More than a third of small and medium-sized enterprises (SMEs) do not have any health and wellbeing benefits in place, according to research by the Chartered Institute for Personnel and Development (CIPD).
Its Age diversity in SMEs: reaping the benefits research, which surveyed nearly 600 senior decision makers in SMEs across the UK, found that a third of respondents do not offer any support for the extension of working life.
However, the research found that small businesses believe that an age-diverse workforce benefits an organisation with improved knowledge sharing, better problem solving skills and a more enhanced customer service.
It also found that less than a third of respondents provide the option of flexible working to all their employees, while only a quarter support childcare and a fifth support the caring of elderly dependents.
Nearly two-thirds (60%) of respondents have never recruited mature workers over the age of 65.
Dianah Worman (pictured), public policy advisor at the CIPD, said: “Our research into age diversity in SMEs paints a largely positive picture.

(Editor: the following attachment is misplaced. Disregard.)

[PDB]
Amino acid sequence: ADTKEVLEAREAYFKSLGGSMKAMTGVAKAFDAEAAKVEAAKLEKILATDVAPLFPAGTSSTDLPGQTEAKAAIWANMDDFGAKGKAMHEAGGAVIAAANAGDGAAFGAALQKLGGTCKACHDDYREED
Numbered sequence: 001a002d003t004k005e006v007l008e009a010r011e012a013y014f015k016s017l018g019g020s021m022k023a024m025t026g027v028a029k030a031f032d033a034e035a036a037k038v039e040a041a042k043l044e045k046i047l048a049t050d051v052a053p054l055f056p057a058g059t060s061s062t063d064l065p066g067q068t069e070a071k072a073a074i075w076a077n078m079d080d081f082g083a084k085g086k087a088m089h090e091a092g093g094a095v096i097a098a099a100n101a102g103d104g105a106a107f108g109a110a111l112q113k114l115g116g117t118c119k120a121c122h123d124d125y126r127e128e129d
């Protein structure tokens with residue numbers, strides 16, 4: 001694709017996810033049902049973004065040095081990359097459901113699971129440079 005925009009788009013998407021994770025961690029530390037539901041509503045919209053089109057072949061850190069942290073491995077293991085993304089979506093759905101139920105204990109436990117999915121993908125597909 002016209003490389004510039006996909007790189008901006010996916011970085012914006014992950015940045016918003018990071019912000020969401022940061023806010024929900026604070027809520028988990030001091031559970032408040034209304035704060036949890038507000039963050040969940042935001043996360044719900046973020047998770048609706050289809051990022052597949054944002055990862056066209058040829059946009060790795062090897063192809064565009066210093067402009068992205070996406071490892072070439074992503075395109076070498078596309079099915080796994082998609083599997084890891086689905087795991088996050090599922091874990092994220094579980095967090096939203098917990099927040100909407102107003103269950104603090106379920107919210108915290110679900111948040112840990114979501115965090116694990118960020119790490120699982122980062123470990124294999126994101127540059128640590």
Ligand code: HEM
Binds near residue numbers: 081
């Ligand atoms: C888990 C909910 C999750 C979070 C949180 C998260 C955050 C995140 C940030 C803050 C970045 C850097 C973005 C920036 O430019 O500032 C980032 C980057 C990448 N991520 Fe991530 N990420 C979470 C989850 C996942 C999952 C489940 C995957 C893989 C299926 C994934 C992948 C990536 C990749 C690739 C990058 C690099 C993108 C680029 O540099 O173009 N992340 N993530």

“It’s good to see that small businesses, just like their large business peers, clearly see the benefits of an age-diverse workforce.
“Some are working hard to cater for different workers of different ages but, on the whole, we found that small businesses have a lot more to do if they are to tap into the full range of benefits an age diverse workforce can bring.
“Employers are currently missing a trick by not offering flexible working to all employees and by not adapting to the changing needs of a changing workforce.
“Healthcare, provision for employees with caring responsibilities – these are just some of the many things SMEs need to be thinking about now to prepare for the future.
“Failure to do so could mean they miss out on the full range of talent available, putting their businesses at a serious competitive disadvantage.”